Sélecteur de langues
Autres langues disponibles: aucune
Member of the European Commission responsible for Education, Culture, Multilingualism and Youth
Juvenes Translatores 2012 Award Ceremony
Brussels, 27 March 2012
Ladies and gentlemen,
Let me start by congratulating you, the winners of this year’s contest. You outperformed 3,000 other talented competitors. Well done to you all!
I am delighted to see that the popularity of the Juvenes Translatores contest grows every year. This year the number of participating pupils was up by more than 400 compared to last year, and was the highest since Juvenes Translatores was launched in 2007.
What is more, the number of language combinations used - 148 - was also the highest ever.
Your success really shows the value of language skills, and how they can open your mind to new possibilities. And I am confident your example will inspire more schools and more students in the coming years.
I would also like to congratulate and thank the teachers. Your work and dedication are, without doubt, a major factor in your students' success. We hope you will share with us all your good ideas for language teaching.
Congratulations also to the parents! You can be very proud of your children, whose great achievement is, I am sure, due in no small part to your active support for their passion for languages.
The theme of this year’s contest was volunteering – and feedback from the schools showed how popular this was. In fact, it even inspired many of our young translators themselves to engage in volunteering activities – with some enrolling as volunteers for the Red Cross and other NGOs following the contest.
I take this opportunity to announce next year's theme for the contest, again building on the European Year. As 2012 is the European Year for Active Ageing and Solidarity between Generations, we would like to focus precisely on this latter aspect. Solidarity between generations implies a reflection on how to create supportive conditions for seniors and enhance their active ageing. I'm sure the subject will prove as inspirational as this year's.
Today's winners include students from bilingual families and immigrant backgrounds. For example, I noticed that our winner from Romania, Anna, comes from the Hungarian-speaking part of the population.
Growing up with two languages makes it easier to learn others and become truly multilingual. Your different backgrounds also reflect the linguistic diversity of the European Union, which strives to promote not only its 23 official languages but also the myriad regional, minority and immigrant languages spoken across Europe.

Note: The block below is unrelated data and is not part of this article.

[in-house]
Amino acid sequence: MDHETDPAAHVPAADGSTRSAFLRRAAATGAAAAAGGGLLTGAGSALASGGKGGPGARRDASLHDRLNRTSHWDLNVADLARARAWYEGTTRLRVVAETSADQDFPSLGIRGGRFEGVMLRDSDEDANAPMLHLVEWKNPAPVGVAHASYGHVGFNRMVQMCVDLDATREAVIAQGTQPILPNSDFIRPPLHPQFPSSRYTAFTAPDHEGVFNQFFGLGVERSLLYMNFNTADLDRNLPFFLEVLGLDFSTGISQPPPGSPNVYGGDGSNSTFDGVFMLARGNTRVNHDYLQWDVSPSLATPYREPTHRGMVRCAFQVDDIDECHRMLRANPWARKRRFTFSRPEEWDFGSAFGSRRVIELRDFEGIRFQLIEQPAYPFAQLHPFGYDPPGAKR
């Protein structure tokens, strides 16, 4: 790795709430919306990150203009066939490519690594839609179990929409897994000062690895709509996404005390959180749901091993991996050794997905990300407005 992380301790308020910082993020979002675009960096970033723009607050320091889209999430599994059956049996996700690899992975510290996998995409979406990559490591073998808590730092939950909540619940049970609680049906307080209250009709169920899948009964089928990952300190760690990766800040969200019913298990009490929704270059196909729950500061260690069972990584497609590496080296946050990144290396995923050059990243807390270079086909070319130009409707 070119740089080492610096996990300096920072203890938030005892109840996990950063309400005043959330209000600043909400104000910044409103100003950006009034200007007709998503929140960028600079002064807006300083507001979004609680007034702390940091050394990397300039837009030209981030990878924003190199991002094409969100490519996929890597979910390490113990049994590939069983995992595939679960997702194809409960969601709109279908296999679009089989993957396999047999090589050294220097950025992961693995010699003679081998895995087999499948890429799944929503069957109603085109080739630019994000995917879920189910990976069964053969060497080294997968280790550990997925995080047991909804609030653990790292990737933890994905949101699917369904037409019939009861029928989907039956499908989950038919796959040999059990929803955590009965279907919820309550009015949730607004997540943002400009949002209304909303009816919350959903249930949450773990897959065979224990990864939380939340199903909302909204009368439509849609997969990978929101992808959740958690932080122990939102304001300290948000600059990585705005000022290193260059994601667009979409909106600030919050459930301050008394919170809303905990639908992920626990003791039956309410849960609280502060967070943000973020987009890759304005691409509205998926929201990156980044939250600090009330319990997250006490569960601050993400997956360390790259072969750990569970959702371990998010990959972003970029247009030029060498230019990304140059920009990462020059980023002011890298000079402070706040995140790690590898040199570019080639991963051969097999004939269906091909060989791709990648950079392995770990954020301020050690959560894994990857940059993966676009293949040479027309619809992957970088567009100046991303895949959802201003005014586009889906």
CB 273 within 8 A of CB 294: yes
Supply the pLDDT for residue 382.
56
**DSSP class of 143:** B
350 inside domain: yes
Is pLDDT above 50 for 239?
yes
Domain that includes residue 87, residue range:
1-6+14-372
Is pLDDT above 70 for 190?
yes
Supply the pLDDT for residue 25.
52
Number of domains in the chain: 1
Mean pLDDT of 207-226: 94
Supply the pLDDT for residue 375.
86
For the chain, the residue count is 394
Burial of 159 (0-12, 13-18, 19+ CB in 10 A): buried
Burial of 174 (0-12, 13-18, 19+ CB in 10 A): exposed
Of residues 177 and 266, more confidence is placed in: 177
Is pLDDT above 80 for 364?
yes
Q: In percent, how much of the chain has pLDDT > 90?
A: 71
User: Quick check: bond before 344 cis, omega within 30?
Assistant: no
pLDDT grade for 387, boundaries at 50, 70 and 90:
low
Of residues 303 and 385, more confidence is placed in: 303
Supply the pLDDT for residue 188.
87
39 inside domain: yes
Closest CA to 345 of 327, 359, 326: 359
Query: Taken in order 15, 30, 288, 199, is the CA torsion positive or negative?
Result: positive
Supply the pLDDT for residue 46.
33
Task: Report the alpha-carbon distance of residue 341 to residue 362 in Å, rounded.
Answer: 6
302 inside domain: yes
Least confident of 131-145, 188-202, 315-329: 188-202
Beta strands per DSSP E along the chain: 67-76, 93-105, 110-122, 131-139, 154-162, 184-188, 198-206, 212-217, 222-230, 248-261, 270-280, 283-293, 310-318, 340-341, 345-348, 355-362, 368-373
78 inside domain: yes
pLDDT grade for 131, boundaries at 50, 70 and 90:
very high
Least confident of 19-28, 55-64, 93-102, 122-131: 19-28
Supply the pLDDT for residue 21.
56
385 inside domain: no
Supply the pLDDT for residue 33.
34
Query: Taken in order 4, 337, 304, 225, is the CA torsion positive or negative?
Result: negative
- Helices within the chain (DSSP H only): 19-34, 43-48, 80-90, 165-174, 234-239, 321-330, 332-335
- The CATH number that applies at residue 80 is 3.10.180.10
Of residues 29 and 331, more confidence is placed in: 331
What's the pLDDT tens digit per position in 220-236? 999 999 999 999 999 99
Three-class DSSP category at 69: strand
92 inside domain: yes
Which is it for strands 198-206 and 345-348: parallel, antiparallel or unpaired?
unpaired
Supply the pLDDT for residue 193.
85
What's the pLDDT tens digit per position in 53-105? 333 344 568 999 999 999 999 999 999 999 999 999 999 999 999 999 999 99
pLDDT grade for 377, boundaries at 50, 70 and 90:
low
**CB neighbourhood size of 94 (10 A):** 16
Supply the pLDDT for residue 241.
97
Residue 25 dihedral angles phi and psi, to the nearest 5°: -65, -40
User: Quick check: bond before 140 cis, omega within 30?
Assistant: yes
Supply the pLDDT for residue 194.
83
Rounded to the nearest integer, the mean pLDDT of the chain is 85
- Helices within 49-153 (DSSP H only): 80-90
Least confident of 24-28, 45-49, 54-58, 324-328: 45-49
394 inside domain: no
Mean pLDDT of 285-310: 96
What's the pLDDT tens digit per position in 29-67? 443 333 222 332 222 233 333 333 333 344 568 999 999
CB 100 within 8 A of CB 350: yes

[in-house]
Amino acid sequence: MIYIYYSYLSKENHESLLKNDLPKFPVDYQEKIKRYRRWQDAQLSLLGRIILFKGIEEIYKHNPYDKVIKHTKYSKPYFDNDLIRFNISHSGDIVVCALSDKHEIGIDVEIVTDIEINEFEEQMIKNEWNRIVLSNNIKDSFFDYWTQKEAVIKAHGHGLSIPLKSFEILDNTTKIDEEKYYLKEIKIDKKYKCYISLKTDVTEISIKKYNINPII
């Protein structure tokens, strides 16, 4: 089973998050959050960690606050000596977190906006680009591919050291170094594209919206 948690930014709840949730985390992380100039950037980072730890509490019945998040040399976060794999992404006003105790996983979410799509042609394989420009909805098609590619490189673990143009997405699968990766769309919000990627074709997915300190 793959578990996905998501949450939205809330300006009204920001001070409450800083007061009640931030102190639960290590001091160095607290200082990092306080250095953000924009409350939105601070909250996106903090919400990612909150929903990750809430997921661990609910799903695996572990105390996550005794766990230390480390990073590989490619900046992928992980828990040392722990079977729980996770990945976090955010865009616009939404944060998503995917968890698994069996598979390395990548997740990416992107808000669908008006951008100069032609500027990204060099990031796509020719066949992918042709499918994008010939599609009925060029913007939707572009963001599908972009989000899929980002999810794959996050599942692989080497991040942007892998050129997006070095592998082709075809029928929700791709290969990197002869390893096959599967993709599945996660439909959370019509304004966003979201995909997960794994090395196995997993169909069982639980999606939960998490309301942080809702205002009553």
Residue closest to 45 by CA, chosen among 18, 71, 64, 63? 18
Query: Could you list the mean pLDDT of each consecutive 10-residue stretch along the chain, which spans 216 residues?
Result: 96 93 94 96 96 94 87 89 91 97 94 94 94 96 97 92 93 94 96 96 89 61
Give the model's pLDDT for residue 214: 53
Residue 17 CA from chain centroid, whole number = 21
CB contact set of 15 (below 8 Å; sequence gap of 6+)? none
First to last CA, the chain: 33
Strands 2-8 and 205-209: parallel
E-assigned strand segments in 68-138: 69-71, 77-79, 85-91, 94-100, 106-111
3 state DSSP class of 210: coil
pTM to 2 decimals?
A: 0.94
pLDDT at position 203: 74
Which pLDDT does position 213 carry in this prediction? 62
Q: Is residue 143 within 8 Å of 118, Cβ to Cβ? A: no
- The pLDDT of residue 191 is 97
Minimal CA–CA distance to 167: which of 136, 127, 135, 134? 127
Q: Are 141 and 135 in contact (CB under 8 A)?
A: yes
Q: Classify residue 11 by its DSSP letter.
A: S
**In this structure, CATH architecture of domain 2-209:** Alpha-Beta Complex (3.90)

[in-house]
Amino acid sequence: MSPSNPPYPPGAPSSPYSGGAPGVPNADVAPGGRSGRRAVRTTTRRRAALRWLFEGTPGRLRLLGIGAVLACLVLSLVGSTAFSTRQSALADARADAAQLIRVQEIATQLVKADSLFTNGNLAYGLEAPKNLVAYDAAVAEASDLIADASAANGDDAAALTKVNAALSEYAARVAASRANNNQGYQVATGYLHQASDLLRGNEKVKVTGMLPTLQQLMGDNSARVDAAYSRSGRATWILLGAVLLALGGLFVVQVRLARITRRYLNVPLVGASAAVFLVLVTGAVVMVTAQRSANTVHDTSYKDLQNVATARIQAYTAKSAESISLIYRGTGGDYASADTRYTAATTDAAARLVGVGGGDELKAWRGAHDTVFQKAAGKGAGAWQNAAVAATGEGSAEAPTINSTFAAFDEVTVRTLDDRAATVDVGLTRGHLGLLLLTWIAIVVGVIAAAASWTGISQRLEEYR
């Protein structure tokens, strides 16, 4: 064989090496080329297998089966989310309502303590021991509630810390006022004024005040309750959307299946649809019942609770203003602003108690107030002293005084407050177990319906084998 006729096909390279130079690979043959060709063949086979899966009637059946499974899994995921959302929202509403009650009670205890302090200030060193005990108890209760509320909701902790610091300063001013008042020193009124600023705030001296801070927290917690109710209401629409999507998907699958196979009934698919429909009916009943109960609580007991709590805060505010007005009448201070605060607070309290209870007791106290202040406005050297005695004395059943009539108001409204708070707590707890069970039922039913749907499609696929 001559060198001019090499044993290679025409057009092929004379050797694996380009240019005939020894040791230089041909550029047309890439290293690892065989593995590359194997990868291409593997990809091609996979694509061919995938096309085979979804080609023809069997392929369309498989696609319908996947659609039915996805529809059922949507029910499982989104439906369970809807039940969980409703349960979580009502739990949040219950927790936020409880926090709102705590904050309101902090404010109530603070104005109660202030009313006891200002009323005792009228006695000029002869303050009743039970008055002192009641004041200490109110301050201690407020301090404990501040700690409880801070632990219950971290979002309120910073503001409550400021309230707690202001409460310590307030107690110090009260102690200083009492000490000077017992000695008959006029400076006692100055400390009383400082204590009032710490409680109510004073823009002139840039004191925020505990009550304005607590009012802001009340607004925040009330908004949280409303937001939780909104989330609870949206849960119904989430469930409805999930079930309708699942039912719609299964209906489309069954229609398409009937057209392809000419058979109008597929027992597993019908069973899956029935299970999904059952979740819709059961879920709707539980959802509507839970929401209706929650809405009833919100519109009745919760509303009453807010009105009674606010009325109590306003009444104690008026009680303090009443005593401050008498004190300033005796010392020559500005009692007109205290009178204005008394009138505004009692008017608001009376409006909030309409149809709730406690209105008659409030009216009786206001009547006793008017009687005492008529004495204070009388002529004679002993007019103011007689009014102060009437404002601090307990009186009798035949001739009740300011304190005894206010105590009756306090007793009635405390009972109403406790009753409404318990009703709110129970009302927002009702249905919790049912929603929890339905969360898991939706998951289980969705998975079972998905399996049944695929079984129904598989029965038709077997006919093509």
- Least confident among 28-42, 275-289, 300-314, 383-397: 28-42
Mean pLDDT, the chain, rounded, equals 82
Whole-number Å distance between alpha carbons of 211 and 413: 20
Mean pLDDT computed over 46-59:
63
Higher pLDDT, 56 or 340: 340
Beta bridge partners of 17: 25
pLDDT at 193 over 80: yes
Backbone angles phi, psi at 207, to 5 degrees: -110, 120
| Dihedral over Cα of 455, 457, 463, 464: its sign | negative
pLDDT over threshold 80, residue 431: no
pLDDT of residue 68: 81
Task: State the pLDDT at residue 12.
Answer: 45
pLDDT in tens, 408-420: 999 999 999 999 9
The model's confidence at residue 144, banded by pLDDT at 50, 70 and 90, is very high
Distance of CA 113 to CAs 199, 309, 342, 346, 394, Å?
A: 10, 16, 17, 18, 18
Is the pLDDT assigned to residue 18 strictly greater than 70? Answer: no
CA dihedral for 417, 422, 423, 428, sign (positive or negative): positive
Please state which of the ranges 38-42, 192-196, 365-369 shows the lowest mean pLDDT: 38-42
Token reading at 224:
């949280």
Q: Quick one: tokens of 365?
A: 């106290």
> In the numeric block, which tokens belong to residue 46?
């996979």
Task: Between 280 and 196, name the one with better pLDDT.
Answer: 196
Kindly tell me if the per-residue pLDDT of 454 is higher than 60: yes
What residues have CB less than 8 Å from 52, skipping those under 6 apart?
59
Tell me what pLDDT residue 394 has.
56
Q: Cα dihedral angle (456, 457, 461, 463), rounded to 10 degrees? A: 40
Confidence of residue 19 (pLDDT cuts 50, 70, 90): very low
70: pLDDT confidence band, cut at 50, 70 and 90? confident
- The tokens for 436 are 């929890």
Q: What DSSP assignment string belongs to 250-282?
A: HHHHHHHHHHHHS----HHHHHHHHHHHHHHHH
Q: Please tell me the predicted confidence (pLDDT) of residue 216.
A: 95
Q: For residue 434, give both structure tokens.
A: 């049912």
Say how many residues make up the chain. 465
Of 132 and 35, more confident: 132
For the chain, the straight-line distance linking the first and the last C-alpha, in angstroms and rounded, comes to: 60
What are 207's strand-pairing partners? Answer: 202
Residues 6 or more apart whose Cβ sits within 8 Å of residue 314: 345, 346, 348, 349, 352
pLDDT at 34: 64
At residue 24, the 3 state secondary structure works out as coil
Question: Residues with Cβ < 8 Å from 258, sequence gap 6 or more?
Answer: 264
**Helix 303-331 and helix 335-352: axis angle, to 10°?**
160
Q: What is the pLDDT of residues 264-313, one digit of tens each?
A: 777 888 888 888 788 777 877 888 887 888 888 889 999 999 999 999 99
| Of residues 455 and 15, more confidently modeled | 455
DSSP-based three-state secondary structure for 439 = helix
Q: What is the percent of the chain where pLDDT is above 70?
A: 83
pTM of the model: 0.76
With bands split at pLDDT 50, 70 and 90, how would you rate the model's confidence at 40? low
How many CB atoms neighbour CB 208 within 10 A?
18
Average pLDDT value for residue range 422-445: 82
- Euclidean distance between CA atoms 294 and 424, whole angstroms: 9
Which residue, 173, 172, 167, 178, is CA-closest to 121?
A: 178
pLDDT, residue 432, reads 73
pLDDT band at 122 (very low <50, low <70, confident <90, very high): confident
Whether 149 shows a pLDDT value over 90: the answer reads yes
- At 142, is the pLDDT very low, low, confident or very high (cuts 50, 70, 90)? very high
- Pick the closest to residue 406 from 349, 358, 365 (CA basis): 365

But you can also be fluent in many languages without coming from a bilingual home. Living abroad, for example, is the time-honoured way to improve your language skills. For instance, Sara, our German winner, went to Hungary primarily to attend a music school. But not content with perfecting her skills on the flute and piano, she also came back with fluent Hungarian!
And our Italian winner, Francesco, got the highest score in a German test at the Goethe-Institute in Turin after a study visit to Germany.
What else can help us learn and improve our command of languages? Many of you ascribe your language skills to using computers and the internet. For instance, Martin from Slovakia, who likes programming and web designing. And Janne from Finland, who spends a lot of time on the internet, which probably explains why his English is so good. I've picked out just a few examples – but every one of you has an interesting background and reasons for loving languages.
Your personal stories show that languages open doors, and that translation can build bridges between people and cultures.
Translation is not only about transferring a language. It is also about conveying a culture and a way of thinking. We get insight into foreign cultures through reading foreign books, articles and poetry – and often the only way we can do this is thanks to translation. Translation also plays a key role in bringing films and TV series to a wider audience, thanks to subtitling.
In recent years, translation has played an important part in social media. Facebook, Twitter, MySpace, Google+, LinkedIn and other social networks have become popular across borders and continents because of translation.